Mechanisms of visual loss in severe proptosis

Ophthalmic Plast Reconstr Surg. 1991;7(4):256-60. doi: 10.1097/00002341-199112000-00004.

Abstract

Vision loss in orbital hypertension secondary to sudden space-occupying lesions is usually attributed to one of three causes: central retinal artery occlusion, direct compressive optic neuropathy, or compression of optic nerve vasculature. Accepted modes of decompressive therapy include lateral canthotomy and cantholysis; drainage of localized orbital air, hematoma, or abscess; and bony wall decompression. Five cases are presented in which orbital hypertension caused severe proptosis with traction on the optic nerve and tenting of the posterior globe. Another mechanism contributing to visual loss is proposed in these cases: ischemic optic neuropathy due to stretching of nutrient vessels. In these cases, rapid posterior decompression should theoretically be favored to reduce orbital pressure and relieve traction on the optic nerve vasculature.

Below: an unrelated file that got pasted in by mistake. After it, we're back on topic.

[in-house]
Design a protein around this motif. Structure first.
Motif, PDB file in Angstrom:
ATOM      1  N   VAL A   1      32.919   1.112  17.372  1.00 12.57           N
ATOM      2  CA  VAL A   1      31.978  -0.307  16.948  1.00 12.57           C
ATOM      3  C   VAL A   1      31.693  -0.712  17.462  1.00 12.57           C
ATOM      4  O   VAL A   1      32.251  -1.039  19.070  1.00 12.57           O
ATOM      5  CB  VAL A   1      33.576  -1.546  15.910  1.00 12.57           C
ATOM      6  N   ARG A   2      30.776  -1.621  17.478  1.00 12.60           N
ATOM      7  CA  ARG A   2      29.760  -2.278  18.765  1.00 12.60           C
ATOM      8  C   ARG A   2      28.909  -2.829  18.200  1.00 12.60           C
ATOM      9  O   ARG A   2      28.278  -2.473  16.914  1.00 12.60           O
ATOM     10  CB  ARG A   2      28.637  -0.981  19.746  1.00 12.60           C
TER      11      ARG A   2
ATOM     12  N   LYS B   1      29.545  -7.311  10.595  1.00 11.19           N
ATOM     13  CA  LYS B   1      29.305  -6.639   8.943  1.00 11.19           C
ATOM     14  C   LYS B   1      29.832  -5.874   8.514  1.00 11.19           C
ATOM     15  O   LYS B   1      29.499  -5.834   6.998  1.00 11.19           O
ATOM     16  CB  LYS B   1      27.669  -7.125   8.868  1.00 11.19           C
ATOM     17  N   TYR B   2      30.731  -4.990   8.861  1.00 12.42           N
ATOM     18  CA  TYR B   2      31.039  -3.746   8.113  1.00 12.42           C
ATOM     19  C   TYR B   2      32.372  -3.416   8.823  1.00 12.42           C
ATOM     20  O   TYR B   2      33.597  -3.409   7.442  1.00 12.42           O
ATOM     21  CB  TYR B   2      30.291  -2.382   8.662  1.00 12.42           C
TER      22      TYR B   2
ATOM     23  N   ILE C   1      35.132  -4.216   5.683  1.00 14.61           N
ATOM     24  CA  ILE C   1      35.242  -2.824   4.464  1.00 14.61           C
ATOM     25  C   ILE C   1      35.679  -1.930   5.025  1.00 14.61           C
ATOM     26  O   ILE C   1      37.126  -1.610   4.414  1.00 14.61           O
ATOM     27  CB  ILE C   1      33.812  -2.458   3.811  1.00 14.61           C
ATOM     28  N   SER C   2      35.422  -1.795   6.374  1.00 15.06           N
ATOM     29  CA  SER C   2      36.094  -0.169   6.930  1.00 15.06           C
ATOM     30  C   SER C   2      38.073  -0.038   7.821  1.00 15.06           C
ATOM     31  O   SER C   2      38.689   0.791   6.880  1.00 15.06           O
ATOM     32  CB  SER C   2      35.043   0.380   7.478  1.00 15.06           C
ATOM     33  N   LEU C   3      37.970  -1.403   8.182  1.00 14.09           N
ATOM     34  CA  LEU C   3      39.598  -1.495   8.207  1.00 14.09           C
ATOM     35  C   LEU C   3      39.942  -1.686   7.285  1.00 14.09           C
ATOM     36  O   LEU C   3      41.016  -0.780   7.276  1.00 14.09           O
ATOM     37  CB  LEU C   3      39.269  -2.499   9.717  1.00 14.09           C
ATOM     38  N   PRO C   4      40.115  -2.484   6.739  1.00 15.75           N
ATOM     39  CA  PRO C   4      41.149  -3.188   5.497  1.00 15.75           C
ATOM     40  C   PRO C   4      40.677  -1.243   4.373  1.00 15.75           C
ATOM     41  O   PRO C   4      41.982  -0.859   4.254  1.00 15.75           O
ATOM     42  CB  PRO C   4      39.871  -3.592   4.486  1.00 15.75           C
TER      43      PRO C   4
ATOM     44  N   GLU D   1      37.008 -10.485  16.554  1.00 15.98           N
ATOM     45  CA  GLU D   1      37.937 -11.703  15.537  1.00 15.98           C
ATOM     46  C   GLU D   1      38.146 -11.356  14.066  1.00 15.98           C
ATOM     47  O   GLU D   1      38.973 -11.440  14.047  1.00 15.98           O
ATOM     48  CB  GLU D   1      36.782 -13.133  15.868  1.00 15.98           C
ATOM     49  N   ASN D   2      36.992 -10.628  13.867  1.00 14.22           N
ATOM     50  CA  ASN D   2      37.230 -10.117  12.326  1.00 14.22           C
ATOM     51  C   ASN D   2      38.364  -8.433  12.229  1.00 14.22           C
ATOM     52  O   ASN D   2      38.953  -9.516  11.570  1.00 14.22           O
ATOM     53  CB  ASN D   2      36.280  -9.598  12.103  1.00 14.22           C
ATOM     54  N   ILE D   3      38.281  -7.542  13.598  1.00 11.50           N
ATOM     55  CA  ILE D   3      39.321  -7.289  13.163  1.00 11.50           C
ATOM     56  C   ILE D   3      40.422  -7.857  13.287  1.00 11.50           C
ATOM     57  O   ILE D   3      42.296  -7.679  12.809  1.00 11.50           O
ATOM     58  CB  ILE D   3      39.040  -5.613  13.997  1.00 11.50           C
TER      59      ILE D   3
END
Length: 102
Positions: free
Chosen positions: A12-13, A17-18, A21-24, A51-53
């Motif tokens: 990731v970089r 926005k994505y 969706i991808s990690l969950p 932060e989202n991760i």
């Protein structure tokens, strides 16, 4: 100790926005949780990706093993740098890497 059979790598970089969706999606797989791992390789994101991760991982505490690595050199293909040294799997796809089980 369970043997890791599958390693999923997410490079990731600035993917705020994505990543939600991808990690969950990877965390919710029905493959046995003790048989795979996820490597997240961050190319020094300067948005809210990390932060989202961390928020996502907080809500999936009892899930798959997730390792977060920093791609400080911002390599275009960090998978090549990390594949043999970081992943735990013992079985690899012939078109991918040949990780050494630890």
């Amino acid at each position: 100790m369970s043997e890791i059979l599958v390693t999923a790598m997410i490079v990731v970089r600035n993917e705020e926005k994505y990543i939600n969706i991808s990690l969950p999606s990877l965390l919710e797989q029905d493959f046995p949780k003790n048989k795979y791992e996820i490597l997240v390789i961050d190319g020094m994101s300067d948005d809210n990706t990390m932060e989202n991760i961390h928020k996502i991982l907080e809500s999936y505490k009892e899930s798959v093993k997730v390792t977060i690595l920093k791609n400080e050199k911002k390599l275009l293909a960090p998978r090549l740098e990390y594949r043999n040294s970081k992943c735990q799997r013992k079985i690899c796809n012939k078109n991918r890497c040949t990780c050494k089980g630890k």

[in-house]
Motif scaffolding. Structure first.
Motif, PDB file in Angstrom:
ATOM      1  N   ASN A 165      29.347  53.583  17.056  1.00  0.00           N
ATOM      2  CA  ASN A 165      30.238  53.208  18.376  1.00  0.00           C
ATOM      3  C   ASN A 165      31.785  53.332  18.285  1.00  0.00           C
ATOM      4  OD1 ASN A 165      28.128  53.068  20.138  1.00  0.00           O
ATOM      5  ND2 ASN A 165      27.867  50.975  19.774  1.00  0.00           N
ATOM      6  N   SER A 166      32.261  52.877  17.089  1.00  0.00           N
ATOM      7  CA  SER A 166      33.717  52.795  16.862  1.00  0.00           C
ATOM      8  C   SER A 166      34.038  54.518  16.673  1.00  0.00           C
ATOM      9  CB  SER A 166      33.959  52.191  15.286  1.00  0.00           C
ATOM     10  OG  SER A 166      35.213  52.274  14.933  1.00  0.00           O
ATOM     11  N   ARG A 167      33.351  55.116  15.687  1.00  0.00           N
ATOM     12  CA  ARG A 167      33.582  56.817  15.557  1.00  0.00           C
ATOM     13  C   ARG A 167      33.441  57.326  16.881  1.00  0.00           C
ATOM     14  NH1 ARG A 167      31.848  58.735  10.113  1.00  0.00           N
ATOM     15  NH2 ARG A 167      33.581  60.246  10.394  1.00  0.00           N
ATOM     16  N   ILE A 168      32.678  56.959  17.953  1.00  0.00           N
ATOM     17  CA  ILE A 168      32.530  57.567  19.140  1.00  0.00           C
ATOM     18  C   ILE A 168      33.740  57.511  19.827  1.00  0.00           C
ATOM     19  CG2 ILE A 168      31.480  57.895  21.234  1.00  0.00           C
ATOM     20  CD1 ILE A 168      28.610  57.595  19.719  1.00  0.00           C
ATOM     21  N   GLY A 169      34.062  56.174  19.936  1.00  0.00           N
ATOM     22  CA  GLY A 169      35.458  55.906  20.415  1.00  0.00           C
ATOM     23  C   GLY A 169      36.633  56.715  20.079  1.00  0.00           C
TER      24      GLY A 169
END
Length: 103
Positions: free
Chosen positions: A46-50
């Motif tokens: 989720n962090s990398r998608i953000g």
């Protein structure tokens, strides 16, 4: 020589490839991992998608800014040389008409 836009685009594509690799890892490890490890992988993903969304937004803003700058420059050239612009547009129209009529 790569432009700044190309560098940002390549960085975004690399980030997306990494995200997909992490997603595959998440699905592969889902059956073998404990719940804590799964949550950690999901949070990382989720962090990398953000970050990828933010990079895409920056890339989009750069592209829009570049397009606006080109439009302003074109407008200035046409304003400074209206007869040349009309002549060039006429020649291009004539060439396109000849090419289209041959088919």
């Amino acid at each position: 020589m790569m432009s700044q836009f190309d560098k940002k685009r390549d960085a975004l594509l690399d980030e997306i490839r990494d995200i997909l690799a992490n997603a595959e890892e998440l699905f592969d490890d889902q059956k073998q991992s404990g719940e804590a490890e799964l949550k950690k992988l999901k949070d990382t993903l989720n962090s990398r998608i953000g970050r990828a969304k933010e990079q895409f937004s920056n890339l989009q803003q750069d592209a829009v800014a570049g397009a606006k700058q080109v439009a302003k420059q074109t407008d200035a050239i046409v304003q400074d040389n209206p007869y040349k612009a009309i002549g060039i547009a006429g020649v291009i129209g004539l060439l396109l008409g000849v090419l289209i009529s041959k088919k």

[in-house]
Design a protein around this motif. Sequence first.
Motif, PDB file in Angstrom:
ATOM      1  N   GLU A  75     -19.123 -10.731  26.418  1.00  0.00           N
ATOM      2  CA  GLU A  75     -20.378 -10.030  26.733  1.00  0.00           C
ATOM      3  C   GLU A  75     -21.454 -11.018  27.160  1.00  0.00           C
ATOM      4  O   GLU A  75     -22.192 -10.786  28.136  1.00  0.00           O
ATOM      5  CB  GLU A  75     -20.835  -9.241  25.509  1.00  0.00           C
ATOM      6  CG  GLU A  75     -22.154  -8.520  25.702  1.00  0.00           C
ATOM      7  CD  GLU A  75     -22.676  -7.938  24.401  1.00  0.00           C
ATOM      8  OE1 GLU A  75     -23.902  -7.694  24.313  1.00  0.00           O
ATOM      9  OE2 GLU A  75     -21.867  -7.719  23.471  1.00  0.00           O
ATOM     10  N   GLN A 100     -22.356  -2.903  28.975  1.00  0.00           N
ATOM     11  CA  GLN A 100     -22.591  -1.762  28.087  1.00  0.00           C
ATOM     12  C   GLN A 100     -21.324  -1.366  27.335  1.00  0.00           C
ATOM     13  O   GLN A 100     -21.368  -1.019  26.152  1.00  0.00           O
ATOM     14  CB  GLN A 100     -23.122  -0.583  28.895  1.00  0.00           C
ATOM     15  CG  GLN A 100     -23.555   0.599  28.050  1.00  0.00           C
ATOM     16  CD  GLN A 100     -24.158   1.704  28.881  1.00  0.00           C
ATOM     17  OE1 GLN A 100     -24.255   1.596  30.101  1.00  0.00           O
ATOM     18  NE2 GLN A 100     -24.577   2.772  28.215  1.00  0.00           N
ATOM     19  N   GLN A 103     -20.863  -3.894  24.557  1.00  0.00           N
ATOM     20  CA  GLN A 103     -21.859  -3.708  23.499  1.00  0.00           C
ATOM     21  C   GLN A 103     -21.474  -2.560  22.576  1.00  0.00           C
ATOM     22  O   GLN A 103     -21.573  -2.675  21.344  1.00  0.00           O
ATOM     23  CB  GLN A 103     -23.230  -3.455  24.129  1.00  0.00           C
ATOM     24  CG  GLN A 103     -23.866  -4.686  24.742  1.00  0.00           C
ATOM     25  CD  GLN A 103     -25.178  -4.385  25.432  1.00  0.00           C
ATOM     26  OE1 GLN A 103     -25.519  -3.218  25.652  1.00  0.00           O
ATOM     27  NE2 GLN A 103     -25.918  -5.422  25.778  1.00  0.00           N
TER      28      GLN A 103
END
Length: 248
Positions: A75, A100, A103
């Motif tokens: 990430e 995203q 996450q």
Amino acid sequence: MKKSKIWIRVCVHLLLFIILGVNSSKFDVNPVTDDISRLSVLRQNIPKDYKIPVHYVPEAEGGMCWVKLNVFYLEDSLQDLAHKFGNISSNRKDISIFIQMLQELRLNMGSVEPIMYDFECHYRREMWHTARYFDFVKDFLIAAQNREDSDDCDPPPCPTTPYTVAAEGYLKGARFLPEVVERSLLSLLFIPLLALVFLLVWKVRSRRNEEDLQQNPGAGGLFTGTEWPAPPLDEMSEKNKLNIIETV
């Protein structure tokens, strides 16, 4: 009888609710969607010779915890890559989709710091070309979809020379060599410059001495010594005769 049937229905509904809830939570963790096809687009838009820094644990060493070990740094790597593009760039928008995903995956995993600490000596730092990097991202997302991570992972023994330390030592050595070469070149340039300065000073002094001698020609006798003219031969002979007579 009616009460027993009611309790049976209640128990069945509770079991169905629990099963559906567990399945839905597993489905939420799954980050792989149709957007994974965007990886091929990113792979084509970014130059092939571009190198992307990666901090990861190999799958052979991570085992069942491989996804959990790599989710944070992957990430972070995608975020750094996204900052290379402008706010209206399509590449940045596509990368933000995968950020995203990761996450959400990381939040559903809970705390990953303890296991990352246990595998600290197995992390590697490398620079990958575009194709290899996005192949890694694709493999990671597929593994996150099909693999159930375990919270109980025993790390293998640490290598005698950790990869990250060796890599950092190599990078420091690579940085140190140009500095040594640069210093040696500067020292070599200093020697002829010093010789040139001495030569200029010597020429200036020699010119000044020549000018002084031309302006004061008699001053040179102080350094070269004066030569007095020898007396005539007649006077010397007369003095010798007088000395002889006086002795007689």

Publication types

  • Case Reports
  • Research Support, Non-U.S. Gov't
  • Research Support, U.S. Gov't, P.H.S.

MeSH terms

  • Adolescent
  • Adult
  • Blindness / etiology*
  • Exophthalmos / complications*
  • Exophthalmos / diagnostic imaging
  • Exophthalmos / etiology
  • Humans
  • Intraocular Pressure
  • Male
  • Middle Aged
  • Ocular Hypertension / complications
  • Orbital Diseases / complications
  • Orbital Diseases / diagnostic imaging
  • Tomography, X-Ray Computed